‘To Hell With Dying’ by Alice Walker

To Hell With Dying by Alice Walker, 1967 Continue reading

July 2018 favorites

July 2018

The July stories ordered solely on my personal tastes.

  1. ‘So Peaceful In The Country’ by Carl Ruthven Offord
  2. ‘God Bless America’ by John Oliver Killens
  3. ‘Muttsy’ by Zora Neale Hurston
  4. ‘Sanctuary’ by Nella Larsen
  5. ‘Blood-Burning Moon’ by Jean Toomer
  6. ‘On Trains’ by James Alan McPherson
  7. ‘Landladies’ by Langston Hughes
  8. ‘Kiswana Browne’ by Gloria Naylor
  9. ‘Simple On Military Integration’ by Langston Hughes
  10. ‘Condemned House’ by Lucille Boehm
  11. ‘Simple Prays A Prayer’ by Langston Hughes
  12. ‘Feet Live Their Own Life’ by Langston Hughes
  13. ‘Steady Going Up’ by Maya Angelou
  14. ‘Exodus’ by James Baldwin
  15. ‘Mother’ by Andrea Lee
  16. ‘Long Distances’ by Jewell Parker Rhodes
  17. ‘Simple On Indian Blood’ by Langston Hughes
  18. ‘Conversation On The Corner’ by Langston Hughes
  19. ‘The Diary Of An African Nun’ by Alice Walker
  20. ‘Vacation’ by Langston Hughes

As always, join the conversation in the comments section below, on SSMT Facebook or on Twitter @ShortStoryMT.

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January 2015 favorites


January 2015

The January stories ordered solely on my personal tastes.

  1. ‘How I Met My Husband’ by Alice Munro
  2. ‘Bardon Bus’ by Alice Munro
  3. ‘One Ordinary Day, With Peanuts’ by Shirley Jackson
  4. ‘The Open Boat’ by Stephen Crane
  5. ‘Where I’m Calling From’ by Raymond Carver
  6. ‘The Drunkard’ by Frank O’Connor
  7. ‘The Wind And The Snow Of Winter’ by Walter Van Tilburg Clark
  8. ‘Everyday Use’ by Alice Walker
  9. ‘The Enormous Radio’ by John Cheever
  10. ‘The View From Castle Rock’ by Alice Munro
  11. ‘Boys And Girls’ by Alice Munro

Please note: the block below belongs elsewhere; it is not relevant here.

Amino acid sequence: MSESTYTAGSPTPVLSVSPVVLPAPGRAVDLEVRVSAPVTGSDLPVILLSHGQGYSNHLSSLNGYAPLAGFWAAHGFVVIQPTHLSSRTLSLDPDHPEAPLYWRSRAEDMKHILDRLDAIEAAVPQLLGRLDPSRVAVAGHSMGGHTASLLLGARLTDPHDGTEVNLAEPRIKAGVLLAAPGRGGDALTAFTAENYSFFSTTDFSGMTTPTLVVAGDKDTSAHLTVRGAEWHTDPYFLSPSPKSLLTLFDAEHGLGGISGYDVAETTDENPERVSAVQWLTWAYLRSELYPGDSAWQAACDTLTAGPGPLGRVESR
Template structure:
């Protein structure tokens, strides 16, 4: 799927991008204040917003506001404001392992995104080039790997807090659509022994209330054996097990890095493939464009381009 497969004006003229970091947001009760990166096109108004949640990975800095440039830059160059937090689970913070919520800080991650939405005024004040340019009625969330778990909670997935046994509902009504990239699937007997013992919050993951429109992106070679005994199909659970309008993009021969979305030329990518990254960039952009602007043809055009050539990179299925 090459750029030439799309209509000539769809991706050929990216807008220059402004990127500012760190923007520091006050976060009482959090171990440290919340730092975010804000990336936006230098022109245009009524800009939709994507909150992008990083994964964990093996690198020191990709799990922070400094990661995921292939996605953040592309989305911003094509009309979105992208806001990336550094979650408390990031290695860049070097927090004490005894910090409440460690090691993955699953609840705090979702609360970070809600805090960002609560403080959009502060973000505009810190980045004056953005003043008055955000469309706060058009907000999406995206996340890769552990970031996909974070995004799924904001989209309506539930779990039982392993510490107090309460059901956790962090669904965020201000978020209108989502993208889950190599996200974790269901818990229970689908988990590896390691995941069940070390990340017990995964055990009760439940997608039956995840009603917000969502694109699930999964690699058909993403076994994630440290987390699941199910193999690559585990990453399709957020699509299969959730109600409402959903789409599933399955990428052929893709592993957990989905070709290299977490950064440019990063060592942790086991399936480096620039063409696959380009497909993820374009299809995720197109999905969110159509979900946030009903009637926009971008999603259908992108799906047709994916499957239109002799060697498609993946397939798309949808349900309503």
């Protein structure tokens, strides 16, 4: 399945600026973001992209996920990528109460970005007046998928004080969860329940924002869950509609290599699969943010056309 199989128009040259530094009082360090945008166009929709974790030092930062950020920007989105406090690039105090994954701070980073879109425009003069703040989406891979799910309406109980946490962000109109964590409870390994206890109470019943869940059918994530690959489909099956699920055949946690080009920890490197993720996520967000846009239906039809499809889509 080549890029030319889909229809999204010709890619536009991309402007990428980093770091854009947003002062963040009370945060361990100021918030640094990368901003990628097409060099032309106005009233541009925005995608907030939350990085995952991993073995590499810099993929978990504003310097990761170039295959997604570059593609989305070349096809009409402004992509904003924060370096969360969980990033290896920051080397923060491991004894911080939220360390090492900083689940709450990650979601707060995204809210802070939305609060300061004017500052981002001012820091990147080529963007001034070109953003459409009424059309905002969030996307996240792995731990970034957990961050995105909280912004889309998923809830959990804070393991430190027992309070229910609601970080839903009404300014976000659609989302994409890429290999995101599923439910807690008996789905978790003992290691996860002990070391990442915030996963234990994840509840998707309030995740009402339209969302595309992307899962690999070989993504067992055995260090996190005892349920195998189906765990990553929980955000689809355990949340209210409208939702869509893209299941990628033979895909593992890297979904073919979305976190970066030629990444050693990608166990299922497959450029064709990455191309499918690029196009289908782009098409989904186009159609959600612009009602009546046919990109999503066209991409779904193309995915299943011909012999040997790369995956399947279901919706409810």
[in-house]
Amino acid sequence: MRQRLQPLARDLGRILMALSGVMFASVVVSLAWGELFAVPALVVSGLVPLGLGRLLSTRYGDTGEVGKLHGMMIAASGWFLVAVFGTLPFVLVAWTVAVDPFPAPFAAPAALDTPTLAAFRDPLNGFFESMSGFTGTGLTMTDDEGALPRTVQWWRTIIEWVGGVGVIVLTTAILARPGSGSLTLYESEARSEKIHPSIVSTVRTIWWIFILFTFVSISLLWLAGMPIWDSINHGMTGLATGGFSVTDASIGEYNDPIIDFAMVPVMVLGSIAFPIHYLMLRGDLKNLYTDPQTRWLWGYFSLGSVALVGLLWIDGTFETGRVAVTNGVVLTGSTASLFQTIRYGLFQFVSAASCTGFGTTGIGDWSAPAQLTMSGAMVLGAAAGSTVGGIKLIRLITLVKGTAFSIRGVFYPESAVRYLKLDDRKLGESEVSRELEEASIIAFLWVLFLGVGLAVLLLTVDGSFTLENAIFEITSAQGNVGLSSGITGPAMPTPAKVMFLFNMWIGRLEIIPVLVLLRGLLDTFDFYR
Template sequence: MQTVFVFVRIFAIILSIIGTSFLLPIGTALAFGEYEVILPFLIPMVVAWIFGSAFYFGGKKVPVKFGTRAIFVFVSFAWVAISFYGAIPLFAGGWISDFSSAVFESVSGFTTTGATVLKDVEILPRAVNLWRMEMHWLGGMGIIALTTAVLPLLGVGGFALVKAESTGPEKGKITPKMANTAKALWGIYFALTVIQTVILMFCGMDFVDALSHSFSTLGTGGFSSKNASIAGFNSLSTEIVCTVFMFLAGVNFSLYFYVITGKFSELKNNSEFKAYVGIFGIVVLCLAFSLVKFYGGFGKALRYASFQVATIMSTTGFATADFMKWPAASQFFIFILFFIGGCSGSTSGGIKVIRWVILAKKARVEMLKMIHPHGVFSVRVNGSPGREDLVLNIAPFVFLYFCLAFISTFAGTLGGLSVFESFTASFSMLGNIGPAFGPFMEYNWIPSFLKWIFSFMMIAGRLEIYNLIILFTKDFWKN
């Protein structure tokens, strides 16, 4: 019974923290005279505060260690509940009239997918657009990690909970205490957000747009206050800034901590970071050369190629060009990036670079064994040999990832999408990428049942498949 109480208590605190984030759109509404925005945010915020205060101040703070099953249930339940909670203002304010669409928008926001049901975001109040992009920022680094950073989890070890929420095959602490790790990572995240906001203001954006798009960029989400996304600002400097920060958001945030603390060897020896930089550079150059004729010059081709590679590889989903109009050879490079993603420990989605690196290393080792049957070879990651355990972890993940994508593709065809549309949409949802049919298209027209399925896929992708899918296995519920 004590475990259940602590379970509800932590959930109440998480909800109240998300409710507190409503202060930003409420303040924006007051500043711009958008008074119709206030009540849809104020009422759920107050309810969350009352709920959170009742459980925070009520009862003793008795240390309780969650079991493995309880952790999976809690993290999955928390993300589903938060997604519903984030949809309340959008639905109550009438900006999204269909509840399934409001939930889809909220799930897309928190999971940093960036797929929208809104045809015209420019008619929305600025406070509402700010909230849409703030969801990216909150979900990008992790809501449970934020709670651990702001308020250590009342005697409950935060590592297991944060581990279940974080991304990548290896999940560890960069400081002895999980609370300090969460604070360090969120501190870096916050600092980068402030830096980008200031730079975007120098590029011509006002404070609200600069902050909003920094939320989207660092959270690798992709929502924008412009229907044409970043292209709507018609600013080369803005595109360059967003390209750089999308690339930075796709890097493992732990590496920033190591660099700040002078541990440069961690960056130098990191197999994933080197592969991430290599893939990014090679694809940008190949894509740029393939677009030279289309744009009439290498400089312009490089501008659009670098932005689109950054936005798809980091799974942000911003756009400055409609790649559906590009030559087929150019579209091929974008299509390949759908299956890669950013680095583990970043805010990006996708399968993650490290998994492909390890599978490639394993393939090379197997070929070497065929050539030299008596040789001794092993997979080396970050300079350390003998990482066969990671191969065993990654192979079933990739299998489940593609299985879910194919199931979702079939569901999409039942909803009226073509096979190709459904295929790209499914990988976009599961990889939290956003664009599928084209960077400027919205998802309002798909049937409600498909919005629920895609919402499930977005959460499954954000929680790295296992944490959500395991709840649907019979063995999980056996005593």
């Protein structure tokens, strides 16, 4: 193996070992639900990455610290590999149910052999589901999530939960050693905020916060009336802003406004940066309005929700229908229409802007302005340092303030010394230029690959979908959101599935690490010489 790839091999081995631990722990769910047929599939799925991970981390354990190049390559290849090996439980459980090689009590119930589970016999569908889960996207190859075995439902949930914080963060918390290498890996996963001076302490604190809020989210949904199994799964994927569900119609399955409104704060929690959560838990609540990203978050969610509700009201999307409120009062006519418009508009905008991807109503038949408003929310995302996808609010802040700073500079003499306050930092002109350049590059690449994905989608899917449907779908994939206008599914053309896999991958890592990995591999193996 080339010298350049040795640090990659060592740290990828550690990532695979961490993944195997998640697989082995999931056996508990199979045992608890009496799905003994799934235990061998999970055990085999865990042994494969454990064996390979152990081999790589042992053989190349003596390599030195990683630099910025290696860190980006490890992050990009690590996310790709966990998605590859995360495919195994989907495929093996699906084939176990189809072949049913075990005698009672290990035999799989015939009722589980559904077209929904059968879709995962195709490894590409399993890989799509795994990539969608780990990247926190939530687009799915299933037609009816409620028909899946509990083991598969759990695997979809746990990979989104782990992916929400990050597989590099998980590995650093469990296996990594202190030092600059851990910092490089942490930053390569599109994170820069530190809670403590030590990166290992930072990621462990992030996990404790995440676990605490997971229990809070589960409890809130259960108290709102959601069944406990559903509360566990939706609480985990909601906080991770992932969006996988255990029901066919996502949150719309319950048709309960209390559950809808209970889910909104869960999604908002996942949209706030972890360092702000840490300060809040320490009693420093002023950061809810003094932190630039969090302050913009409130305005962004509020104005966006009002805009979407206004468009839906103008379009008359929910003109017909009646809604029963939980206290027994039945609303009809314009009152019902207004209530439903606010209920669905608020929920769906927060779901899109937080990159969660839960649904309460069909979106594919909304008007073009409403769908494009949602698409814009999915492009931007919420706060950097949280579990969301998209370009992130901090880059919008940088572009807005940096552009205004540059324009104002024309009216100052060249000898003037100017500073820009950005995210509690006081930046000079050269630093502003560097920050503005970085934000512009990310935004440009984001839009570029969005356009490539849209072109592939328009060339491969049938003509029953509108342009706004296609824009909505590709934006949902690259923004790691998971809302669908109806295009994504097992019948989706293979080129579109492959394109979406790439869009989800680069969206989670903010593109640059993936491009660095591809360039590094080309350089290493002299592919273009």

12. ‘The Sun, The Moon, The Stars’ by Junot Diaz
  13. ‘The Skull’ by Philip K. Dick
  14. ‘The NRACP’ by George P. Elliott
  15. ‘Train’ by Alice Munro
  16. ‘The Other Foot’ by Ray Bradbury
  17. ‘Pigeon Feathers’ by John Updike
  18. ‘Jokester’ by Isaac Asimov
  19. ‘Tell Me A Riddle’ by Tillie Olsen
  20. ‘The Speech Of Polly Baker’ by Benjamin Franklin
  21. ‘The Star’ by Arthur C. Clarke

‘Everyday Use’ by Alice Walker

Walker, Alice 1973

Everyday Use by Alice Walker, 1973

The magic trick:

Beginning the story with the narrator’s daydream

The relationship between a first-person narrator and a reader is by its very nature an intimate one. A story begins and here is this person telling us about their life. In “Everyday Use,” the connection is even more personal than usual. Walker begins the story with her narrator telling the reader about a daydream. The narrator imagines meeting her daughter not in her shabby country home but instead on the Johnny Carson Show. She imagines herself as thin, fashionable and witty, before leveling with the reader that in reality she is none of these things. It’s heartbreakingly honest and immediately takes down any barrier between her narration and the reader. We feel as if we are not just reading her story; we are her confidants, we are on her side. And that’s quite a trick on Walker’s part.

The selection:

Sometimes I dream a dream in which Dee and I are suddenly brought together on a TV program of this sort. Out of a dark and soft-seated limousine I am ushered into a bright room filled with many people. There I meet a smiling, gray, sporty man like Johnny Carson who shakes my hand and tells me what a fine girl I have. Then we are on the stage and Dee is embracing me with tears in her eyes. She pins on my dress a large orchid, even though she has told me once that she thinks orchids are tacky flowers.